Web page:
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Strategic Compression The compression of roles and effects. The Strategic Corporal meets the "turn left" National Security Advisor.

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Old 06-10-2009   #21
slapout9
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Originally Posted by William F. Owen View Post
I think have to understand that "Strategy" is something different from "the Strategy." "The Strategy" may make, no "Strategic" sense. EG: We are in A'Stan to deny Al Qeda a base, when Al Qeda could plan another 911, from cells living in Canada.
And the "whole thing" comes apart, you have lost the moment you have started.
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Old 06-10-2009   #22
Entropy
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Default Dogma, Doctrine and Strategy

Very interesting thread.

The older I get the more I think that doctrine, as an end product, is much less important that the process of creating new doctrine and challenging existing doctrine. While I agree with Wilf that doctrine is "what is taught," I think it goes beyond that and can become a mindset with a lot of negative effects.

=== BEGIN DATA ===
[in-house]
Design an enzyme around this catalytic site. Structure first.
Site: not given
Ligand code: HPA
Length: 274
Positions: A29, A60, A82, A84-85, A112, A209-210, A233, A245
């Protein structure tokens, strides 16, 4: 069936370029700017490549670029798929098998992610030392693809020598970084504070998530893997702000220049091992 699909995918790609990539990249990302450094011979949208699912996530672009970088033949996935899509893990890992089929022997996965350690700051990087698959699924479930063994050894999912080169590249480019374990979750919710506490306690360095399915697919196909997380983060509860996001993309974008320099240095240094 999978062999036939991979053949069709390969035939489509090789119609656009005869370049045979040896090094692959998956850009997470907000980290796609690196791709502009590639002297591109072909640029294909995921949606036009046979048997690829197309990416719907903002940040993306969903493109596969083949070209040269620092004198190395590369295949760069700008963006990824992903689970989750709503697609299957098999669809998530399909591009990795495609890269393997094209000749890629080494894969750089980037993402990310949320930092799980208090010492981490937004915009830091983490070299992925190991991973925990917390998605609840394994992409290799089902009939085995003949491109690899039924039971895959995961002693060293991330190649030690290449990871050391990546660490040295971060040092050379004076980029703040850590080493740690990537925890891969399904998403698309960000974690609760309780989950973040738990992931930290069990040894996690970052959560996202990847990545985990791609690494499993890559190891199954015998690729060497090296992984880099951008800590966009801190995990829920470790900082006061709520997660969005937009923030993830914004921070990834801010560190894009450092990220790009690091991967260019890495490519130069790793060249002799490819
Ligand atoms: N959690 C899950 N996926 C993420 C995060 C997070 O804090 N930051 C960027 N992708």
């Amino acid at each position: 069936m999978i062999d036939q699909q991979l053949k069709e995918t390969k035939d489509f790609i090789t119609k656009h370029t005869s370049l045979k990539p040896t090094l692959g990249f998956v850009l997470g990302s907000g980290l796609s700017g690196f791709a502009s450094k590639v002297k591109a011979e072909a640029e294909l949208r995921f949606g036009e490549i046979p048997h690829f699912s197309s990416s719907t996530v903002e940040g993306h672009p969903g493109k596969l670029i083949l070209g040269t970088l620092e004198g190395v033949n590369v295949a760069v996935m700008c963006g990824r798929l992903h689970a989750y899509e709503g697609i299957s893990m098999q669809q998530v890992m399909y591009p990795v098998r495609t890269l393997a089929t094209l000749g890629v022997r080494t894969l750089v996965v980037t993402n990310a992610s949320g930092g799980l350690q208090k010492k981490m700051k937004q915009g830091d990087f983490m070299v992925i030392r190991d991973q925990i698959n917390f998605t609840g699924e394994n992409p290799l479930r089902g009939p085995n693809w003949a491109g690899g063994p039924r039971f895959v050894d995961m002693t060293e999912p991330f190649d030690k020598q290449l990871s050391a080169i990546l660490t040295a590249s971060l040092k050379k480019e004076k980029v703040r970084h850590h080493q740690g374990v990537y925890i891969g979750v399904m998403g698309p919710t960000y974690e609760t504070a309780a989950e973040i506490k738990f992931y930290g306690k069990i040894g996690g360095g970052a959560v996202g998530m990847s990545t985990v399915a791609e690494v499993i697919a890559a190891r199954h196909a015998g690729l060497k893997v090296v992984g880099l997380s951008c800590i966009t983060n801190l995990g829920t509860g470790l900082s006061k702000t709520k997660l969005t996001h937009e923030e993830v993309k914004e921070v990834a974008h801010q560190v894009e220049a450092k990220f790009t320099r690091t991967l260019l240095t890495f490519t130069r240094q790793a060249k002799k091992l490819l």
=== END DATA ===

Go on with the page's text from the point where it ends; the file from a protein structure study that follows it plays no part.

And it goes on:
WM mentioned WWII France, which I think is a good example. Doctrine for them became a mindset that prevented the French military, as an institution, from perceiving changes and adapting to them in time. The "Powell doctrine" was similar in that it took a few wars for the institutional military to change. Dogmatic doctrine can suppress the innovation at lower levels that is always required in wartime.

When doctrine is allowed to become dogma, then there's a problem. ISTM that Col. Gentile and others worry that our new FM-24-based COIN doctrine is heading down that road.

On strategy-doctrine, I don't think doctrine "drives" strategy, but it influences what is perceived as possible and desirable - this is particularly true with "dogmatic" doctrine, which becomes, I believe, an unstated and sometimes unperceived assumption for decisionmaking. In WWII France, for example, ISTM that the static-defense oriented French doctrine probably influenced policymaker decisions, narrowed their view, and prevented them from properly assessing and meeting the German threat.